A rare Asian elephant has been born at Chester Zoo in North Wales, UK. The calf was due to be born three months ago. The zookeepers had given up on having a baby elephant at the park, believing that the pregnancy had failed and the fetus had been reabsorbed by the mother.
The typical gestation period for an elephant is somewhere between 18 and 22 months. The newborn calf was born to 35-year-old Thi Hi Way late last night. Seeing as 25 months had passed since Thi had conceived and she had begun to lose weight, the scientists and zookeepers at Chester Zoo all believed that the pregnancy had ultimately failed.
The Telegraph reports that sometimes when living conditions aren’t right or stress becomes a factor, many animals will naturally terminate a pregnancy. They believed that Thi had become stressed and her body had begun to reabsorb her baby.
“We believed Thi had exceeded her normal gestation period, which we were monitoring closely. Her hormone levels, behavior and drop in weight gave us every indication that she may have been resorbing the calf – a natural process that some elephants experience.”
Thi’s keepers were astonished when low and behold, the calf was simply taking his time and hesitant to meet the world. The video below shows Thi’s son, staying close by her side. He is less than 24-hours-old and playing in the mud.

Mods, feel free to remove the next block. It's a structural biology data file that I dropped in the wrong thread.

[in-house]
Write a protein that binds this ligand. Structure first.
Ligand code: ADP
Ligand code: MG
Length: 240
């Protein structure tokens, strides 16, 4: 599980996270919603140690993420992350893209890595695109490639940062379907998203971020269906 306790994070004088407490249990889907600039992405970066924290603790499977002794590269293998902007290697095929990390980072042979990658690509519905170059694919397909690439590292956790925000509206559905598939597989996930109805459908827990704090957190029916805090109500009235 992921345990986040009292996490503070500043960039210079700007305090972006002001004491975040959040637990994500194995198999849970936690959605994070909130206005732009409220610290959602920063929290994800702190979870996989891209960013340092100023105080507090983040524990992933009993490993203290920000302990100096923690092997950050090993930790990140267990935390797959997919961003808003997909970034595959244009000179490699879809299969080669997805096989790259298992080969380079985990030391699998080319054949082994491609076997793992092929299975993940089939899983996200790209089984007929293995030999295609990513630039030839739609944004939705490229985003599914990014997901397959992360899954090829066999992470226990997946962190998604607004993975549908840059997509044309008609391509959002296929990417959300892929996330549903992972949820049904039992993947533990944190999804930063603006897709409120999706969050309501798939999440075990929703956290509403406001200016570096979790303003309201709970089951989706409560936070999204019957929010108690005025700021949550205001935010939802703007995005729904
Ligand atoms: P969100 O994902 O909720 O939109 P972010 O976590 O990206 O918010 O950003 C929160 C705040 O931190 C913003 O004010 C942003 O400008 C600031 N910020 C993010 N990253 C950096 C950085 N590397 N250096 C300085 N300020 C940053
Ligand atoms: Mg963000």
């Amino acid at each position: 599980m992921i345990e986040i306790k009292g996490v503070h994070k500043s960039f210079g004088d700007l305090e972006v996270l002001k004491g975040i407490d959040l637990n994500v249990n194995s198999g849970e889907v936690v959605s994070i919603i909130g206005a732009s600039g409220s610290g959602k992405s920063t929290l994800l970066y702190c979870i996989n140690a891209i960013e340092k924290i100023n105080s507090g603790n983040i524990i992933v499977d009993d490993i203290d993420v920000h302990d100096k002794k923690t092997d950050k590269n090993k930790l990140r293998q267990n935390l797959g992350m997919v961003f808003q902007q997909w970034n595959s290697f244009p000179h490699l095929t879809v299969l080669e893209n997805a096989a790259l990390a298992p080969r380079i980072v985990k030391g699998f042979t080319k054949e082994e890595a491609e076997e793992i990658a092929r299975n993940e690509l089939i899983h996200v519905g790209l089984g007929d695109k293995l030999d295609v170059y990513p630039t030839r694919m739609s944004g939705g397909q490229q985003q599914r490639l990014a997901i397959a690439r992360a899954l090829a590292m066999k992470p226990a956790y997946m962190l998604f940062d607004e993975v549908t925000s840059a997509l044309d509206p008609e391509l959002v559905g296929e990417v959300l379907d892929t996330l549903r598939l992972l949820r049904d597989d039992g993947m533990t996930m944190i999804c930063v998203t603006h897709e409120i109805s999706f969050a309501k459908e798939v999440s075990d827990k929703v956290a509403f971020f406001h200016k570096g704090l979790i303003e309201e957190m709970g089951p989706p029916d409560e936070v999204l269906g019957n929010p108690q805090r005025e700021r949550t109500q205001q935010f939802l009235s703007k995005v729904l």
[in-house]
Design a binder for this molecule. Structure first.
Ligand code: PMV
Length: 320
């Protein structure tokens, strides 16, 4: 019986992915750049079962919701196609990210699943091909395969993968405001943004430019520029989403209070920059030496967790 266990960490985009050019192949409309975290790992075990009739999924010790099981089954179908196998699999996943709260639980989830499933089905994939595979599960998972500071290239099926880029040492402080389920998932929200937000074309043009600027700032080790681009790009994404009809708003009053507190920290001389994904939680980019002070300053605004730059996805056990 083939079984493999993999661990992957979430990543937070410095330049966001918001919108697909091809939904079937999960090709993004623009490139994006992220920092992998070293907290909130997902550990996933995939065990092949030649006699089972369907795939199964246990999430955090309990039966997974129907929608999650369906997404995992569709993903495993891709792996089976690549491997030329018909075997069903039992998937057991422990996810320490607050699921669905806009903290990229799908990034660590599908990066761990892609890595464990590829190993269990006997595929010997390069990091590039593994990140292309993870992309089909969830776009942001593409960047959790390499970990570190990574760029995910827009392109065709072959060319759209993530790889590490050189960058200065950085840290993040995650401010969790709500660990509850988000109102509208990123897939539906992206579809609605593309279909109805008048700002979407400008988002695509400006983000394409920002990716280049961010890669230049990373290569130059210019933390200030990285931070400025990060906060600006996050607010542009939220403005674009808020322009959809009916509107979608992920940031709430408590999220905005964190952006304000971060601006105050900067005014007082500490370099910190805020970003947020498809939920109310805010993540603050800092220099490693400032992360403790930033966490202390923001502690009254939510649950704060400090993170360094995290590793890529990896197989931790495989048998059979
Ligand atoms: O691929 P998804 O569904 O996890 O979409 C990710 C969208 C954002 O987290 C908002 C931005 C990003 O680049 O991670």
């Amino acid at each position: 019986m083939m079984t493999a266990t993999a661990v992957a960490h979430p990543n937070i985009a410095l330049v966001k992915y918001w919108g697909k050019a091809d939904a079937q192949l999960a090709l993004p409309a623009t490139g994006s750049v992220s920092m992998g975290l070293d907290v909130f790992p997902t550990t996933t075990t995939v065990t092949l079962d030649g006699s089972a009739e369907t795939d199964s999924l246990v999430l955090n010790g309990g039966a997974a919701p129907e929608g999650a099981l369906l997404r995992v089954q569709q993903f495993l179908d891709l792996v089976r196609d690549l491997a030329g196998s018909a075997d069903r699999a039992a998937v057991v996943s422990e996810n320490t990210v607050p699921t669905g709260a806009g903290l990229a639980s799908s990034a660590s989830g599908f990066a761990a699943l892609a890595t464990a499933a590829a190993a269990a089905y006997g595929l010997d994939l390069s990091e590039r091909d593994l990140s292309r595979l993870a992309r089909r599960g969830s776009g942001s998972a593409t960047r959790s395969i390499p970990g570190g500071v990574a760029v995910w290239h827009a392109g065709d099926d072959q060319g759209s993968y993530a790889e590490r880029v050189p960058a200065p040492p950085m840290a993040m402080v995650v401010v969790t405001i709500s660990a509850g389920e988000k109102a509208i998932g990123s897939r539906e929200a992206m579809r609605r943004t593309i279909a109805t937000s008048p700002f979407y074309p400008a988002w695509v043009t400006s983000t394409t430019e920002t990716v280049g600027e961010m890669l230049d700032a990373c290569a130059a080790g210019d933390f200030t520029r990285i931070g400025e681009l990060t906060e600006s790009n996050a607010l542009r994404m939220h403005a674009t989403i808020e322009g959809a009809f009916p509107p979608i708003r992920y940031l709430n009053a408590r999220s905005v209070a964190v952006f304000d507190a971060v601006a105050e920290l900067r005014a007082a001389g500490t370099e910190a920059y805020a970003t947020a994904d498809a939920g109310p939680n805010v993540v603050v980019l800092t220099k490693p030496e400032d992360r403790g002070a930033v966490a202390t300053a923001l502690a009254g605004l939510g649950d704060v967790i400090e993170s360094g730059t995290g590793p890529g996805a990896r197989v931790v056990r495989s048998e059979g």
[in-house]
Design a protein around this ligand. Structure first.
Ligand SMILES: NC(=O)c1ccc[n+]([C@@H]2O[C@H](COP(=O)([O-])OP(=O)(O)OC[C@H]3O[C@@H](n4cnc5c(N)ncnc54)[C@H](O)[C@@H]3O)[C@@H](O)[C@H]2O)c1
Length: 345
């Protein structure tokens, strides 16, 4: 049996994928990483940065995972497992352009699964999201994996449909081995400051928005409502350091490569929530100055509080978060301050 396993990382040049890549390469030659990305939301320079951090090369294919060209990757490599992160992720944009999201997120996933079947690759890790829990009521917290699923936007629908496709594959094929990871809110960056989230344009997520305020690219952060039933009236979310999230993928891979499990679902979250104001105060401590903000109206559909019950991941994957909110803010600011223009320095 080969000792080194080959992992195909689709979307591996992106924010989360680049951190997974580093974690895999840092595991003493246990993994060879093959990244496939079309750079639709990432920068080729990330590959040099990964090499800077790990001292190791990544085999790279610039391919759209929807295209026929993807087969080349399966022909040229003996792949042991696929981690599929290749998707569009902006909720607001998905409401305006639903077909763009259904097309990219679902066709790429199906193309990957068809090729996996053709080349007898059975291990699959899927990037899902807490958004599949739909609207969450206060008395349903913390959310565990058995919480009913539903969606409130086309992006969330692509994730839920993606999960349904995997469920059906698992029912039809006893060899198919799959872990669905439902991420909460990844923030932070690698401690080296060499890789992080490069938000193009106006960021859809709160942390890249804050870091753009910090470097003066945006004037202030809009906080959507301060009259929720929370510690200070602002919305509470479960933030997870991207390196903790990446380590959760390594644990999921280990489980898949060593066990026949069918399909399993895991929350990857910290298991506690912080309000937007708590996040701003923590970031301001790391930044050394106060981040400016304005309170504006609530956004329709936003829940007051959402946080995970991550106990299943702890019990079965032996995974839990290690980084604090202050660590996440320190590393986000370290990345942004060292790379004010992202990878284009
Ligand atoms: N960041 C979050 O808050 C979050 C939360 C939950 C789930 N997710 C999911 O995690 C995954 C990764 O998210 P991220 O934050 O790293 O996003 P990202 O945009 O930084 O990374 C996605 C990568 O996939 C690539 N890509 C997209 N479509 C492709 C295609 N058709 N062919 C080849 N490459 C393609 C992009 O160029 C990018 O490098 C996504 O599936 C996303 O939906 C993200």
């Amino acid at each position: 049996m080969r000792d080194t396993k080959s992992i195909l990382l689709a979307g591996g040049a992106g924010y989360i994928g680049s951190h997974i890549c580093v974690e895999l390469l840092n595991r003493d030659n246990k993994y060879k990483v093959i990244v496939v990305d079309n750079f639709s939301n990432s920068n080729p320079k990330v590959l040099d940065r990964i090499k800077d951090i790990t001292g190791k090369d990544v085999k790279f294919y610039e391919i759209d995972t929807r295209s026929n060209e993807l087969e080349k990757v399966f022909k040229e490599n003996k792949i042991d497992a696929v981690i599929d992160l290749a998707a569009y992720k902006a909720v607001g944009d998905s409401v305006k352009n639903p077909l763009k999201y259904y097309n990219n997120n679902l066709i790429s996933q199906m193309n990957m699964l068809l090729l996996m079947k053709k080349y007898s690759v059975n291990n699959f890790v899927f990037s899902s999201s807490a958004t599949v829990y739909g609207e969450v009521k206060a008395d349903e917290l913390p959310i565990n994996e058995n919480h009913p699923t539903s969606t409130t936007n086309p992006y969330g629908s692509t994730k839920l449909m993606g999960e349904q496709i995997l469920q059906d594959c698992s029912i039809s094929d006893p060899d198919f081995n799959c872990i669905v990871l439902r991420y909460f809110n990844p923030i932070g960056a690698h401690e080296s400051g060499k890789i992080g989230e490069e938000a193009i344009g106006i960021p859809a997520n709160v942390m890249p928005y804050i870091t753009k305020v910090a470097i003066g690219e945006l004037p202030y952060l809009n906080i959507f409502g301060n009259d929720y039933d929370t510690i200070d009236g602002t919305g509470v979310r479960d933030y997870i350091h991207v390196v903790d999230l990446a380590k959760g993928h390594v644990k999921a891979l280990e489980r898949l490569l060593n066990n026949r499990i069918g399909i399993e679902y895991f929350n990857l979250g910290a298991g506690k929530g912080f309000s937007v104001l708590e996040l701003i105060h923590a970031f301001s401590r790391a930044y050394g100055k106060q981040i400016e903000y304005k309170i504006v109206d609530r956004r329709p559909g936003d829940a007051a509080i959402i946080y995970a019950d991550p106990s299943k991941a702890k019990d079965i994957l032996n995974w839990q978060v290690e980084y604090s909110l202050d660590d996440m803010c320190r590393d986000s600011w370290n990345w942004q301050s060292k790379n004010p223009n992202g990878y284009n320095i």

The Asian elephant calf was already on his feet suckling from his mother when the zookeepers went to check on their herd this morning. He is healthy and becoming very social, even getting along nicely with the other members of the family, including 1-year-old calves, Indali and Aayu.
Chester Zoo belongs to the European Association of Zoos and Aquariums, otherwise known as EAZA. The program holds a strong focus toward sustaining the European elephant population. At 35-years-old, Thi is not only a new mother, but she also has great grand-calves.
Asian elephants are regarded as a red-listed endangered species. They are susceptible to habitat loss, disease, and poaching. According to the U.S. Fish and Wildlife Service, the Asian elephants once roamed freely in large herds. As the human population grows, the forests where these elephants once roamed and grazed are taken over.
Hungry elephants are forced to find food outside of their natural habitat, opening them up to danger. When elephants wander into populated areas, human fatalities also become an issue. Today, due to habitat loss and fragmentation, their numbers have greatly declined.
It is estimated that there are as few as 20,000 Asian elephants left in the wild. The birth of Thi’s calf is hugely important to the conservation efforts of these magnificent animals.